14 Challenge 5: Effective communication is often difficult to achieve ComplicatedTwo-wayInfluenced by cultureInvolves listeningEngagement importantWHAT CAN WE DO?Think about HOW you communicateThink about WHEN you communicateThink about WHY you communicateMore in Andrew West presentation
15 Often difficult to mobilise staff to work as a ‘single team’ when: Challenge 6 – many administrative activities cross organisational boundariesFor example:ProcessesProjectsOften difficult to mobilise staff to work as a ‘single team’ when:No line managementStaff have local teams and sub-culturesProcesses need to work across different organisational units
16 Proposition – we will only get the best out of staff if we manage this complexity effectively Need to organise and mobiliseHave a clear strategy and plan for taking a service forward or delivering the projectEnsure effective leadership (vision important)Champion a single team approachEnsure lines of accountability, responsibility and control are clearImplement a management structure to deliver engagement and buy-inEffective communication is vital
17 Case study: Student System Project at the University of Manchester Major project to implement Campus Solutions post mergerNot just a student records system:Self serviceElectronic processingEssential conditions:Accurate information and dataEffective process managementNovember 2005 – project falling behind key milestonesChallenge – get buy-in from “business owners”, agree and implement necessary changes to business processes and mobilise staff
18 Case study: Student System Project (2) What did I do?First engaged with business owners to get buy-inVision and realistic plan agreedSet up project management structureHigh level Steering GroupGroups to lead process change in each areaSet out clear lines of responsibility, accountability and controlImplemented communication strategy:Managers, users and allEngaged with staff face-to-face to get buy-in
19 Case study: Student System Project (4) Outcomes Success:Created a sense of team and commitment in the high level management group andNew arrangements and greater buy-in created a renewed momentum across the project as a wholeHad structure in place to identify and solve most problems as they aroseAs a result got through registration and averted some major risks to the institutionMistakes:Failure to engage sufficiently with academic communityFailure to properly understand and deal with the sheer complexity of the project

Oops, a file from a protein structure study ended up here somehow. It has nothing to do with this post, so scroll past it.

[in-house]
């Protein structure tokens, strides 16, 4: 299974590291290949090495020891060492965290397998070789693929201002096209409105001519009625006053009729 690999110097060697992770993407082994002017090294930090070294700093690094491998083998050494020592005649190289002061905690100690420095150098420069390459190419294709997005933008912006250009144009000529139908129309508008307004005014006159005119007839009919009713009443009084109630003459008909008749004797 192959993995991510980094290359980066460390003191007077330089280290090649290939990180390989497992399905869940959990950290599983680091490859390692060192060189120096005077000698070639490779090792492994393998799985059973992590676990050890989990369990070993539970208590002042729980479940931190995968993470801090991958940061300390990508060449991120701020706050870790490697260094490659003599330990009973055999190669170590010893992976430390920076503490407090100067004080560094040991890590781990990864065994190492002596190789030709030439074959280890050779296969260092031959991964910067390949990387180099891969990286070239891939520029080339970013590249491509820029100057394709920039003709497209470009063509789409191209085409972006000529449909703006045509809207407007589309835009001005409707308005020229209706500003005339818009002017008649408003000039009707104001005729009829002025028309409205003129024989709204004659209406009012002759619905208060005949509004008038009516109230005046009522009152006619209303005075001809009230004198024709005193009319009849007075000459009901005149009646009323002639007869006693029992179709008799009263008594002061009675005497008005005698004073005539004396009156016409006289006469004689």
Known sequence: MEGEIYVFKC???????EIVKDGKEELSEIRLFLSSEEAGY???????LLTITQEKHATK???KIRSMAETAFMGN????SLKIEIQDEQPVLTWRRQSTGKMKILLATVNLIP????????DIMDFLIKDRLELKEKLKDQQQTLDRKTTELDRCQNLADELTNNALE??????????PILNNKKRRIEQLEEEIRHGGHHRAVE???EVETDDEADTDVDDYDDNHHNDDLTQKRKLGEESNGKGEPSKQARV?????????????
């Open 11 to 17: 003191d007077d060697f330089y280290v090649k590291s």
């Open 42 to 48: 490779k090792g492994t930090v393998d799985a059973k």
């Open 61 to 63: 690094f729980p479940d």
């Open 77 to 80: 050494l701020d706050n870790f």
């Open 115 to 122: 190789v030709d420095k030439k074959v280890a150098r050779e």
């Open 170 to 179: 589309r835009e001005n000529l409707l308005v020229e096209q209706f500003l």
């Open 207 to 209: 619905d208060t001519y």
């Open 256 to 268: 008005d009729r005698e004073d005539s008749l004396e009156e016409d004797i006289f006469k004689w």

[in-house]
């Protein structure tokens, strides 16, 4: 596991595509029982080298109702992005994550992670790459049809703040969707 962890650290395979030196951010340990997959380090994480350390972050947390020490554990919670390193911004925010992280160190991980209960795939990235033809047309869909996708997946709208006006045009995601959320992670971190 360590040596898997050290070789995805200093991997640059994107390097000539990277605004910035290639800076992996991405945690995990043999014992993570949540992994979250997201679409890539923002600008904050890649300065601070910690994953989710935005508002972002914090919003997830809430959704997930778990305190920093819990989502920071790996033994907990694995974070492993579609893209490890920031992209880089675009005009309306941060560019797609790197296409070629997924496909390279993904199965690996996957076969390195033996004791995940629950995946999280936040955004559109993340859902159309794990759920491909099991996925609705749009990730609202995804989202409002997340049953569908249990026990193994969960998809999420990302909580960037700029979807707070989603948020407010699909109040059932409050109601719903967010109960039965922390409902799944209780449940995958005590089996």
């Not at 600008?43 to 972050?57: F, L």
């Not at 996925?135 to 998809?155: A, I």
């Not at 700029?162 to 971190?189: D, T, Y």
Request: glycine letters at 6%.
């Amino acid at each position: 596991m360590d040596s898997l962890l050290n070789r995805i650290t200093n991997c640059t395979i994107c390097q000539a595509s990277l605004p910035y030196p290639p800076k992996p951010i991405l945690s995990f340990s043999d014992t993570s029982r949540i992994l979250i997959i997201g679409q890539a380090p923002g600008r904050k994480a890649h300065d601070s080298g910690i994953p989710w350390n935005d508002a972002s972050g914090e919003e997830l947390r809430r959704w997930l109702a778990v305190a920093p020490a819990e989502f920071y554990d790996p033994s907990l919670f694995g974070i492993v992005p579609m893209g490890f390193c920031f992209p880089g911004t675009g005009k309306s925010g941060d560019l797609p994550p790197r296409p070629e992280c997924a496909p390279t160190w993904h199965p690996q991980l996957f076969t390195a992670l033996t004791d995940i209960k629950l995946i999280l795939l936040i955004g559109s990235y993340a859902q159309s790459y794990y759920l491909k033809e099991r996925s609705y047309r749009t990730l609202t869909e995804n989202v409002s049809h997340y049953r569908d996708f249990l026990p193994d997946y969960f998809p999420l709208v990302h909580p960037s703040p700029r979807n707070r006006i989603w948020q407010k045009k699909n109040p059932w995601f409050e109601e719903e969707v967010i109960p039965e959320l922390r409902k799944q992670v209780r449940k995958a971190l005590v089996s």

20 So, we all need to:Realise that it is more than knowing the rules and the theoryUnderstand perspectivesCommunicate effectivelyEngage in dialogue on key issues – lunches and meetingsBe honest about the constraints under which we workRecognise that imposed change does not work
21 As managers and leaders we need to: Lead by example:Ensure there is a vision and strategyEngage with stakeholdersStrike the right balance between being directive and consulting/listeningSeek to balance the interests of different levels and groupsBe clear to junior staff about priorities and rulesInvolve academics fully in management and resource decisionsBe prepared to put our heads above the parapet: take decisions and stand by themBuild on success: Effective execution builds credibility and support
22 The skilled administrator … Ability to achieve buy-inAn ‘ear to the ground’Analytical and problem-solvingEffective project managerResolves tensions through dialogue and seeks a consensus“Leadership: the art of getting someone else to do something you want done because he wants to do it.”Dwight D Eisenhower ( ) US Statesman
23 So academics need to:Accept that all academic decisions have resource dimensions,Recognise that academic autonomy has to be balanced with transparent accountability,Support the systemisation of academic work,Share power when working in teamsEngage positively with managers and administratorsEasy to say – less easy to doWords not originally from academic research but from health service research – where managers and doctors working together can be a very big issue – even made great TV in UK last year when leading business “guru” tried to ‘cure’ the NHS – and found it much harder than he thoughtLast week met HR Director from UoM – still finding out about this sector after 12 months – and spoke on the same platform as the HR Director of the NHS – who was previously at Tesco and is finding out that things are different there too – mainly because of the professional loyalties of those in the workforce.